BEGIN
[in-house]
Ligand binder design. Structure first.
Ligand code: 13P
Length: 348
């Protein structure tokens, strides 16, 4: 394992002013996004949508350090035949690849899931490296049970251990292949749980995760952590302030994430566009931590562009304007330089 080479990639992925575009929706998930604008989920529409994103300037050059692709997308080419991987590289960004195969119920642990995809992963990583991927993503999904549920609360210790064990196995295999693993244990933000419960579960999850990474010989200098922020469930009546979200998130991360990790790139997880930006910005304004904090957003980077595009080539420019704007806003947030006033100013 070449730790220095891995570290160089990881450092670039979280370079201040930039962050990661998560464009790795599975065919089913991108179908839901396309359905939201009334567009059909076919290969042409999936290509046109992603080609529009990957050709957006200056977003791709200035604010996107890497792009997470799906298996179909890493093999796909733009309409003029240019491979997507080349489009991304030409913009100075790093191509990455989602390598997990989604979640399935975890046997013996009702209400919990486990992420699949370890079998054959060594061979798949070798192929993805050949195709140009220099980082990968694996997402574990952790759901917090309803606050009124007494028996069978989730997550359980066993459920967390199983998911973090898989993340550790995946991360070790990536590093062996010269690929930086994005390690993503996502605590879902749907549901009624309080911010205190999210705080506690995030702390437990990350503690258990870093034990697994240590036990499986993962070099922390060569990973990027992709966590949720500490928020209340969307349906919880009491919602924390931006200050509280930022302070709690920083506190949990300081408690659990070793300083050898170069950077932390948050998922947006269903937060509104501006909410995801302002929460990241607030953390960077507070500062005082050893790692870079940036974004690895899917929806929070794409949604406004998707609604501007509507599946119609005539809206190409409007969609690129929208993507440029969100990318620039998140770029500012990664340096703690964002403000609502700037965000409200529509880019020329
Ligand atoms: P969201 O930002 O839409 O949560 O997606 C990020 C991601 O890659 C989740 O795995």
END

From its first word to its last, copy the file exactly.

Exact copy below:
[in-house]
Ligand binder design. Structure first.
Ligand code: 13P
Length: 348
């Protein structure tokens, strides 16, 4: 394992002013996004949508350090035949690849899931490296049970251990292949749980995760952590302030994430566009931590562009304007330089 080479990639992925575009929706998930604008989920529409994103300037050059692709997308080419991987590289960004195969119920642990995809992963990583991927993503999904549920609360210790064990196995295999693993244990933000419960579960999850990474010989200098922020469930009546979200998130991360990790790139997880930006910005304004904090957003980077595009080539420019704007806003947030006033100013 070449730790220095891995570290160089990881450092670039979280370079201040930039962050990661998560464009790795599975065919089913991108179908839901396309359905939201009334567009059909076919290969042409999936290509046109992603080609529009990957050709957006200056977003791709200035604010996107890497792009997470799906298996179909890493093999796909733009309409003029240019491979997507080349489009991304030409913009100075790093191509990455989602390598997990989604979640399935975890046997013996009702209400919990486990992420699949370890079998054959060594061979798949070798192929993805050949195709140009220099980082990968694996997402574990952790759901917090309803606050009124007494028996069978989730997550359980066993459920967390199983998911973090898989993340550790995946991360070790990536590093062996010269690929930086994005390690993503996502605590879902749907549901009624309080911010205190999210705080506690995030702390437990990350503690258990870093034990697994240590036990499986993962070099922390060569990973990027992709966590949720500490928020209340969307349906919880009491919602924390931006200050509280930022302070709690920083506190949990300081408690659990070793300083050898170069950077932390948050998922947006269903937060509104501006909410995801302002929460990241607030953390960077507070500062005082050893790692870079940036974004690895899917929806929070794409949604406004998707609604501007509507599946119609005539809206190409409007969609690129929208993507440029969100990318620039998140770029500012990664340096703690964002403000609502700037965000409200529509880019020329
Ligand atoms: P969201 O930002 O839409 O949560 O997606 C990020 C991601 O890659 C989740 O795995």